- Don't click on links or attachments in email from unfamiliar sources or that seem suspicious—call the source to confirm authenticity.
- Maintain up-to-date security (anti-virus) software.
- Practice safe online behavior.
All important documents and files must be backed up on a regular, ongoing basis. Should ransomware render documents unusable in an unfortunate circumstance, the documents can then be recovered from a pre-infection backup copy. If your system is supported by a CUNY campus/central IT department, you should ascertain to what extent your system’s documents are backed up for you. If your system is self-supported, you need to perform backups yourself. It is additionally important to abide by the following backup practices:
- Backup media must be kept offline—a ransomware-encrypted backup copy on an always-connected portable drive is useless.
- The backup process must be monitored to ensure backups complete successfully.
- Periodically verify that files can be successfully restored from the backup.
- Keep multiple backup sets.
Ransomware infections typically occur by opening malicious attachments and links in spam/phishing emails and by browsing to a website that’s been compromised to infect visitors. Systems infected with other forms of malware can also be commanded by attackers to retrieve and install ransomware.
Yes. Ransomware is becoming contagious. A recent ransomware version additionally attempts to infect other computers and transform affected document files into infectious ransomware programs. An uninfected system can become infected when such a document is opened. In this way, ransomware infections can spread across systems that access a common shared folder, for example.
Anti-virus software detects and prevents infection from known ransomware variants, but there can be a period between the release of a new ransomware variant and effective anti-virus protection. Running up-to-date anti-virus software (as required by CUNY policy) is important but protection is not absolute. Security software that includes an intrusion prevention feature can also help to prevent ransomware from spreading between systems.
Document recovery has been achieved in limited circumstances with earlier ransomware versions. Unfortunately, more recent ransomware can’t be circumvented as “flaws” in the underlying encryption techniques have been eliminated.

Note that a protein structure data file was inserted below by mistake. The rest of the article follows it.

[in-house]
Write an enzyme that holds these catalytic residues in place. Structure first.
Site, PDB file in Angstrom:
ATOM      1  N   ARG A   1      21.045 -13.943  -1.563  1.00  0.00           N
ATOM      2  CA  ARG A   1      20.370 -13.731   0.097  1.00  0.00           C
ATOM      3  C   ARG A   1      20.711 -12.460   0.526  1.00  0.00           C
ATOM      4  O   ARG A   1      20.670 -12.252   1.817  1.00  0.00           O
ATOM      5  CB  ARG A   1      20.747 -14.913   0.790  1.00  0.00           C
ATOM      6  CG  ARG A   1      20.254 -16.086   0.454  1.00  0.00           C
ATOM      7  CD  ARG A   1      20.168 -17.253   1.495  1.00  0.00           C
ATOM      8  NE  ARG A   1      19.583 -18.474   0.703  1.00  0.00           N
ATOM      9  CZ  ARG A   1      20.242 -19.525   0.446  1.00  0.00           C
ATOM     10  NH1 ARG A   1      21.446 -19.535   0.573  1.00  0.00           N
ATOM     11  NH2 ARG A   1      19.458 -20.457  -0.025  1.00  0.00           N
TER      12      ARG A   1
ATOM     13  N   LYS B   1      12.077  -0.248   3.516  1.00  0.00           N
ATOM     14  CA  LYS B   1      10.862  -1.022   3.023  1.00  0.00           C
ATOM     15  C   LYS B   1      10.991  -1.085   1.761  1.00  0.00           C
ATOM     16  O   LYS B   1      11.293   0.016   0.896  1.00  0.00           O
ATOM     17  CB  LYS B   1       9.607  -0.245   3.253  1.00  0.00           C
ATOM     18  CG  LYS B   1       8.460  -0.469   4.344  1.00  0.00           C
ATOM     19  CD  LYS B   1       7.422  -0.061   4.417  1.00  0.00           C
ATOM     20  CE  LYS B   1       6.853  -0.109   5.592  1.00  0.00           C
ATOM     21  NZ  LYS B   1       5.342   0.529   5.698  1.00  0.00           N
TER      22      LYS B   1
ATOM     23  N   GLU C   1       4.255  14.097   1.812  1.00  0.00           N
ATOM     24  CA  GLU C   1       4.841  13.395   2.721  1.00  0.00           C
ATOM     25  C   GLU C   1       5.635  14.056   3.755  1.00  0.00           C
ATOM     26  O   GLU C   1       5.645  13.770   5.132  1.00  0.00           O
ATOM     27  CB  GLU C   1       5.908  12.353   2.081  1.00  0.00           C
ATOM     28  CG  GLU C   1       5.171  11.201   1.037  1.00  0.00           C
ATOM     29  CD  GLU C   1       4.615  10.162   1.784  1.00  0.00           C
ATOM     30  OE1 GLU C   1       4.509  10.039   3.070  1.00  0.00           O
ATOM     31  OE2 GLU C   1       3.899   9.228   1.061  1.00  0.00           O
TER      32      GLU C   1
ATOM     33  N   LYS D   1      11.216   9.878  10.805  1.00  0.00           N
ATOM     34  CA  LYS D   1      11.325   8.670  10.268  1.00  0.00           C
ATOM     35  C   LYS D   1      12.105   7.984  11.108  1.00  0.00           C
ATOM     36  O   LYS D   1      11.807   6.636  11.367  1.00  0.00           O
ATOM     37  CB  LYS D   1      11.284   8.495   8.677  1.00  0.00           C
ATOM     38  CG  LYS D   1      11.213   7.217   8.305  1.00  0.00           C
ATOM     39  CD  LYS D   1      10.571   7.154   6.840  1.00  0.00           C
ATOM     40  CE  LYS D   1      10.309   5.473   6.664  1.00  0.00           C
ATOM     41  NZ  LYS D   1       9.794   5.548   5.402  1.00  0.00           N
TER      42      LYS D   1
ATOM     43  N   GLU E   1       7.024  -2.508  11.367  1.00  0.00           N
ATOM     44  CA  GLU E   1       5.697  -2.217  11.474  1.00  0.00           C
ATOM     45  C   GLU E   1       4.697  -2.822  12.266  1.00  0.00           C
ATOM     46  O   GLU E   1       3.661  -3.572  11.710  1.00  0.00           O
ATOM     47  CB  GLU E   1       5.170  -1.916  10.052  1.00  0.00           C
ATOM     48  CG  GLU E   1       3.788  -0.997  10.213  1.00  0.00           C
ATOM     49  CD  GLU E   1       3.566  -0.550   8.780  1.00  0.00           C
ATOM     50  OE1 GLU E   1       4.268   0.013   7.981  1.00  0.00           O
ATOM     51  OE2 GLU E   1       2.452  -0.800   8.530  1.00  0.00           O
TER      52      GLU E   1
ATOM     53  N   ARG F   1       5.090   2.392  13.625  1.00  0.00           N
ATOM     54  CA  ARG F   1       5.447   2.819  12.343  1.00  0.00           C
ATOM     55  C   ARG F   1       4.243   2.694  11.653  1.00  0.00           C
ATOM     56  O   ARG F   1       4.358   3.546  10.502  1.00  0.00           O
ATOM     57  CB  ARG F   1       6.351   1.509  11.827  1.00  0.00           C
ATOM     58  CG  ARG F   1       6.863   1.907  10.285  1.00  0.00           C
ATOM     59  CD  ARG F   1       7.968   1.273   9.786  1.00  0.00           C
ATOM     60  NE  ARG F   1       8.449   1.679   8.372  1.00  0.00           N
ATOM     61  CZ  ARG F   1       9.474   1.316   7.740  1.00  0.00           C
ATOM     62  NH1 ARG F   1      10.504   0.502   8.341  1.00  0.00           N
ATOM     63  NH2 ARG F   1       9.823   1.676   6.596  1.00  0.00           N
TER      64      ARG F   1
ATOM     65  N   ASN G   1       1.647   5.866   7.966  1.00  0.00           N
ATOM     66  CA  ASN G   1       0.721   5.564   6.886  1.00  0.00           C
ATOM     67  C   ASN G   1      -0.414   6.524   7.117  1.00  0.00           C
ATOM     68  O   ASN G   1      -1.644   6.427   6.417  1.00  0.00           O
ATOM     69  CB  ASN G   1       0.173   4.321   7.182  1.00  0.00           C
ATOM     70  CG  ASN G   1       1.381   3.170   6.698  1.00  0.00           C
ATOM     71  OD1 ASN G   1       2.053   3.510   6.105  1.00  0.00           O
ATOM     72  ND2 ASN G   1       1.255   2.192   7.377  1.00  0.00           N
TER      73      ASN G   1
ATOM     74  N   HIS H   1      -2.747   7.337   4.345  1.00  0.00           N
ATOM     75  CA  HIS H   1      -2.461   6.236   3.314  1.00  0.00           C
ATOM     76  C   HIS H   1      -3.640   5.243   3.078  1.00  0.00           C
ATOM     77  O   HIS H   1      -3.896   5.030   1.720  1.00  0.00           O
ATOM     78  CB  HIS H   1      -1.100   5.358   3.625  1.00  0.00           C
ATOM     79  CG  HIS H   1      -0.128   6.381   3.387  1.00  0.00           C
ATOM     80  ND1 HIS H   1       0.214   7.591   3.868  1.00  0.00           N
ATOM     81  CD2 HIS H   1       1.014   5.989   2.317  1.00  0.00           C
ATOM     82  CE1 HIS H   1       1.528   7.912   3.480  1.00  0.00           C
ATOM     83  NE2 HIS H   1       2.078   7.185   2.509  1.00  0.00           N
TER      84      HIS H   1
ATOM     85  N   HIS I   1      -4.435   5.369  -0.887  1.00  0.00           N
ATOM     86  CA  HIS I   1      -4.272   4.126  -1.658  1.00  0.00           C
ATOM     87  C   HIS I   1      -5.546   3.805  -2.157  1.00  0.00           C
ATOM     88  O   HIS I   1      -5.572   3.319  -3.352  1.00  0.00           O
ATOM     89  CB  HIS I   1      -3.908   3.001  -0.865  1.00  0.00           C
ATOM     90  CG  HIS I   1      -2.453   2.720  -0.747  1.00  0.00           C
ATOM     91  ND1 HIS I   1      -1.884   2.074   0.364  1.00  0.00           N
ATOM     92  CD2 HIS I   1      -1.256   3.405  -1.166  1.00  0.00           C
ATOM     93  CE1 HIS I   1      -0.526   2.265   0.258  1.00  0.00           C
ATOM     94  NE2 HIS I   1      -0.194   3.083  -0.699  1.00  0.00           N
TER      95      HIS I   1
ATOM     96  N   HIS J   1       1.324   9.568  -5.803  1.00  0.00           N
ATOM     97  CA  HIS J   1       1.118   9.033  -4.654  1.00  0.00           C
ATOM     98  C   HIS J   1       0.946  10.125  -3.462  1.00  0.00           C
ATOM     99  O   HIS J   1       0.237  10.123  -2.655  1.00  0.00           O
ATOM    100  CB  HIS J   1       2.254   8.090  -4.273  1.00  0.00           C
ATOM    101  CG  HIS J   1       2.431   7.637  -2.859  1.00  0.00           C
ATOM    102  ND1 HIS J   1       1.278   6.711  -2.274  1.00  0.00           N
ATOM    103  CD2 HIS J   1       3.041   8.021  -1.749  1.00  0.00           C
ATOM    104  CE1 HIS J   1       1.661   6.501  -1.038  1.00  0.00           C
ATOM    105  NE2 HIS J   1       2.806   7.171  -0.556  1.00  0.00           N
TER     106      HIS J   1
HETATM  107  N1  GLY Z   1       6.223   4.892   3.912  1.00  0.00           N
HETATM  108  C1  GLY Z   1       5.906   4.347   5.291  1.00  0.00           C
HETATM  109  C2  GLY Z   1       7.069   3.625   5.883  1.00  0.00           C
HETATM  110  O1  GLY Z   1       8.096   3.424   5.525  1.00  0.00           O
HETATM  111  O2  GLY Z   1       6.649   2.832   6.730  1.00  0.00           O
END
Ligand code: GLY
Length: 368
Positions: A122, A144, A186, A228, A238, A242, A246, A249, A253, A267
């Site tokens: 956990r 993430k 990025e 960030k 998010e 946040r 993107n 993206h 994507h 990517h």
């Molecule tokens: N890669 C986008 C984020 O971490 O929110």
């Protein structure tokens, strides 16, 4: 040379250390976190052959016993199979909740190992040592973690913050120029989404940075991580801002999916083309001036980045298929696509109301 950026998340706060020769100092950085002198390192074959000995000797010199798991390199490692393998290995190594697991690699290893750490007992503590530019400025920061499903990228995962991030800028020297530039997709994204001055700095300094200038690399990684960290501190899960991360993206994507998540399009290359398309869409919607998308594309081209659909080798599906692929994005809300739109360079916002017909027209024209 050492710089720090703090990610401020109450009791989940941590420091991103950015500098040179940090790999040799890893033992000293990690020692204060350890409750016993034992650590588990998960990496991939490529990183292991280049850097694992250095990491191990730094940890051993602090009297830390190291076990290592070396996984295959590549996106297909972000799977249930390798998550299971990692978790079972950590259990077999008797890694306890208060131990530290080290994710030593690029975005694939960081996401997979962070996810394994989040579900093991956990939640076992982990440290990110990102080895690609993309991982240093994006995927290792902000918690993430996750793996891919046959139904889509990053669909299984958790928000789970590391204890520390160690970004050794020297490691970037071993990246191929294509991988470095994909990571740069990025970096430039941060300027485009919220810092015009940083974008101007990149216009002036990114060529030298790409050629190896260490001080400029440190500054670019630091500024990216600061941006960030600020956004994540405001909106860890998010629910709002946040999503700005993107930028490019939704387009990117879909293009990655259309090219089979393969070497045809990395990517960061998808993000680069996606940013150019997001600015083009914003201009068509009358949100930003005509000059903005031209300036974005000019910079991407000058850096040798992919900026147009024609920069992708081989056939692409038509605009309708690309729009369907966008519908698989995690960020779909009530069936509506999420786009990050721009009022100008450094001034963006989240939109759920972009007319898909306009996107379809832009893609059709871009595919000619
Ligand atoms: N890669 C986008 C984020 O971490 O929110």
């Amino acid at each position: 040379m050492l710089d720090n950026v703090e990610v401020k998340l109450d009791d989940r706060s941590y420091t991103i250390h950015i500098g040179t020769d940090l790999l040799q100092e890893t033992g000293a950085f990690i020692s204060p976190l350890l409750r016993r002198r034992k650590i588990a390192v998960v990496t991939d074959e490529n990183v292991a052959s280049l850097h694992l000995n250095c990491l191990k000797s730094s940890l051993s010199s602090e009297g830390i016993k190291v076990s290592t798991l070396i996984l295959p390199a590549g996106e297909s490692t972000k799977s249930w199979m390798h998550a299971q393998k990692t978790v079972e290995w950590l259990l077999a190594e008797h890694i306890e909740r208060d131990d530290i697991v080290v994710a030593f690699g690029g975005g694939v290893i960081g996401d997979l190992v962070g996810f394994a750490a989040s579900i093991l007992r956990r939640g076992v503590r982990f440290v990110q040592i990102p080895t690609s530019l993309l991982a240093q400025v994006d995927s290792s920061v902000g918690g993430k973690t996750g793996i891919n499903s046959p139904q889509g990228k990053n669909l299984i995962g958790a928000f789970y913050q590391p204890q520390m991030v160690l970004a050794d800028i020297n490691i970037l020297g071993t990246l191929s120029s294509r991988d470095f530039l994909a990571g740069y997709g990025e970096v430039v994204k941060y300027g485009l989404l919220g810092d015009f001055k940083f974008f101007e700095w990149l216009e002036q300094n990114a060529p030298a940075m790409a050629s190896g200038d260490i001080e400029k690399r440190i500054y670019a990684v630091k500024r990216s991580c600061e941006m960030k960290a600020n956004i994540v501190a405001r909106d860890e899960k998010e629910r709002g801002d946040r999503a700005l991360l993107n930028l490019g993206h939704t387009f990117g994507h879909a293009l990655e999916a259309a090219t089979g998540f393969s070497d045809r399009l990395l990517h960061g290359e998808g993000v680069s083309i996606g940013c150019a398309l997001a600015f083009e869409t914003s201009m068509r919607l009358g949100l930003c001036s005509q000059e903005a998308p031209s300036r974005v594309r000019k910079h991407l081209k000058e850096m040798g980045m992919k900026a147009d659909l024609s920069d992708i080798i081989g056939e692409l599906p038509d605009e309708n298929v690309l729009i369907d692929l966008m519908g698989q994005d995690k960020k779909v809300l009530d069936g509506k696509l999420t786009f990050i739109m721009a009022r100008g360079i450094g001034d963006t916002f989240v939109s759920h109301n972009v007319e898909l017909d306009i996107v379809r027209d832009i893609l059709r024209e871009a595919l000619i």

Turn off your computer and contact email@example.com immediately for assistance.
Identity theft is the crime that happens when a cyber-criminal gains access to your personal information to use it for financial gain using your name, address, phone numbers, Social Security Number (SSN), savings and checking account numbers, income. Your personal information can be later used to open a new line of credit, access a bank account, open a mobile phone or utility account. Identity thieves commit crimes impersonating you and have been knowing to apply for jobs, healthcare insurance, and collect tax refunds. It is essential to recognize signs of identity theft and what to do when it happens to you. Educate yourself by having access to prevention and recovery programs available to you by CUNY.
Protect Your Computer
The Graduate Center managed computers provide a variety of security defenses which defend staff, faculty and students from numerous online threats. Many of us, however, work from home and use our own personal computer.
Check out this video on Computer Security Tips from the Federal Trade Commission for more information.
Below are a few tips and video to increase the security of your home computer.
- Configure a strong password and change is it promptly.
- Turn on updates for software and applications.
- Install Antivirus software, make sure to run updates and scan computer regularly.
- Lock your display screen to protect your information privacy and identity.
- Watch where you click.
It is important to have a good working anti-virus program on your computer, whether it is running Windows or Mac. An anti-virus will provide valuable protection for your computer by detecting and removing malware. It can also block malicious webpages to help prevent malware from being downloaded.
- McAfee and Maple are now available via the Technology Services pages or through the new Software Download page. Both methods require authentication using CUNY Login (CUNYfirst) credentials.
- Faculty, staff and students no longer have access to the Microsoft product suite on the eMall. They can access the Microsoft Office 365 for Education Suite via the Technology Services pages, again authenticating with their CUNY Login credentials. Please note that the Office 365 for Education Suite does not include Windows 10.